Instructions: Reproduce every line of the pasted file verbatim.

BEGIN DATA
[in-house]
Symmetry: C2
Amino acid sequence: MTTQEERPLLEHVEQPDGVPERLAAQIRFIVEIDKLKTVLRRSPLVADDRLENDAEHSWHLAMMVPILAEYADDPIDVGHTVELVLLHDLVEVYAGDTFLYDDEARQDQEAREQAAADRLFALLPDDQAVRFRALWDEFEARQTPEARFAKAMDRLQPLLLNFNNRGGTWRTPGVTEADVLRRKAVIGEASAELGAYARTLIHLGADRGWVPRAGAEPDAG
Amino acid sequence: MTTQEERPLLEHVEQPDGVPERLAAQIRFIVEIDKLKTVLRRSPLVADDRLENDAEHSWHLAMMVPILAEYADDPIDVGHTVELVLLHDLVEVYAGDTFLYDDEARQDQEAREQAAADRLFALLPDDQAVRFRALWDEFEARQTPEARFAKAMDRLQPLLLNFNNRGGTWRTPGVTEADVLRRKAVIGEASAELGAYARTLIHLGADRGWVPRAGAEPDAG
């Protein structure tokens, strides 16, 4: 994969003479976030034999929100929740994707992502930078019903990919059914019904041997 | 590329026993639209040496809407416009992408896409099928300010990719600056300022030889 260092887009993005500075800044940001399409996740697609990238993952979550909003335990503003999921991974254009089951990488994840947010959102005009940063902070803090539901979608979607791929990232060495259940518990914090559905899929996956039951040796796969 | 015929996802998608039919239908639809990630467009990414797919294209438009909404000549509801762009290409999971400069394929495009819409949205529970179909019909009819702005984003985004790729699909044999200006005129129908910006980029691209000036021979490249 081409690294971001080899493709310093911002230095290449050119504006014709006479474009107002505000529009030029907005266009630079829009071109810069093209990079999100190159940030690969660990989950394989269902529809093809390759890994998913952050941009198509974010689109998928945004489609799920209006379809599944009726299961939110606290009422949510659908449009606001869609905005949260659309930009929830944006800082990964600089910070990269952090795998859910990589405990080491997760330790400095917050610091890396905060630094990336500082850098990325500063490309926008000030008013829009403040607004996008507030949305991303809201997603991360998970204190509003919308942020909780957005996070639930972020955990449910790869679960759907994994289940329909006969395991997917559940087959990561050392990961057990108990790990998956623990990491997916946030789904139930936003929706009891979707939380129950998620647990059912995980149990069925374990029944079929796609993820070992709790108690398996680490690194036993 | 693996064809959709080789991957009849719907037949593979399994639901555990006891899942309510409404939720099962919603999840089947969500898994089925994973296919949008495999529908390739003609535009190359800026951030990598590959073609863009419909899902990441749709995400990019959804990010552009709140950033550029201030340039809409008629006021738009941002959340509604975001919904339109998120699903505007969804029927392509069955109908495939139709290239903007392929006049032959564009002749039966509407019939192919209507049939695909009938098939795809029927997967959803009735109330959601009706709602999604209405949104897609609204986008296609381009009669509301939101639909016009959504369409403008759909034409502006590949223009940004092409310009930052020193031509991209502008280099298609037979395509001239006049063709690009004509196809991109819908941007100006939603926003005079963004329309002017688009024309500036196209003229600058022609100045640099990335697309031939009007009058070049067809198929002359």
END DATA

[in-house]
Symmetry: C2
Amino acid sequence: MTTQEERPLLEHVEQPDGVPERLAAQIRFIVEIDKLKTVLRRSPLVADDRLENDAEHSWHLAMMVPILAEYADDPIDVGHTVELVLLHDLVEVYAGDTFLYDDEARQDQEAREQAAADRLFALLPDDQAVRFRALWDEFEARQTPEARFAKAMDRLQPLLLNFNNRGGTWRTPGVTEADVLRRKAVIGEASAELGAYARTLIHLGADRGWVPRAGAEPDAG
Amino acid sequence: MTTQEERPLLEHVEQPDGVPERLAAQIRFIVEIDKLKTVLRRSPLVADDRLENDAEHSWHLAMMVPILAEYADDPIDVGHTVELVLLHDLVEVYAGDTFLYDDEARQDQEAREQAAADRLFALLPDDQAVRFRALWDEFEARQTPEARFAKAMDRLQPLLLNFNNRGGTWRTPGVTEADVLRRKAVIGEASAELGAYARTLIHLGADRGWVPRAGAEPDAG
């Protein structure tokens, strides 16, 4: 994969003479976030034999929100929740994707992502930078019903990919059914019904041997 | 590329026993639209040496809407416009992408896409099928300010990719600056300022030889 260092887009993005500075800044940001399409996740697609990238993952979550909003335990503003999921991974254009089951990488994840947010959102005009940063902070803090539901979608979607791929990232060495259940518990914090559905899929996956039951040796796969 | 015929996802998608039919239908639809990630467009990414797919294209438009909404000549509801762009290409999971400069394929495009819409949205529970179909019909009819702005984003985004790729699909044999200006005129129908910006980029691209000036021979490249 081409690294971001080899493709310093911002230095290449050119504006014709006479474009107002505000529009030029907005266009630079829009071109810069093209990079999100190159940030690969660990989950394989269902529809093809390759890994998913952050941009198509974010689109998928945004489609799920209006379809599944009726299961939110606290009422949510659908449009606001869609905005949260659309930009929830944006800082990964600089910070990269952090795998859910990589405990080491997760330790400095917050610091890396905060630094990336500082850098990325500063490309926008000030008013829009403040607004996008507030949305991303809201997603991360998970204190509003919308942020909780957005996070639930972020955990449910790869679960759907994994289940329909006969395991997917559940087959990561050392990961057990108990790990998956623990990491997916946030789904139930936003929706009891979707939380129950998620647990059912995980149990069925374990029944079929796609993820070992709790108690398996680490690194036993 | 693996064809959709080789991957009849719907037949593979399994639901555990006891899942309510409404939720099962919603999840089947969500898994089925994973296919949008495999529908390739003609535009190359800026951030990598590959073609863009419909899902990441749709995400990019959804990010552009709140950033550029201030340039809409008629006021738009941002959340509604975001919904339109998120699903505007969804029927392509069955109908495939139709290239903007392929006049032959564009002749039966509407019939192919209507049939695909009938098939795809029927997967959803009735109330959601009706709602999604209405949104897609609204986008296609381009009669509301939101639909016009959504369409403008759909034409502006590949223009940004092409310009930052020193031509991209502008280099298609037979395509001239006049063709690009004509196809991109819908941007100006939603926003005079963004329309002017688009024309500036196209003229600058022609100045640099990335697309031939009007009058070049067809198929002359």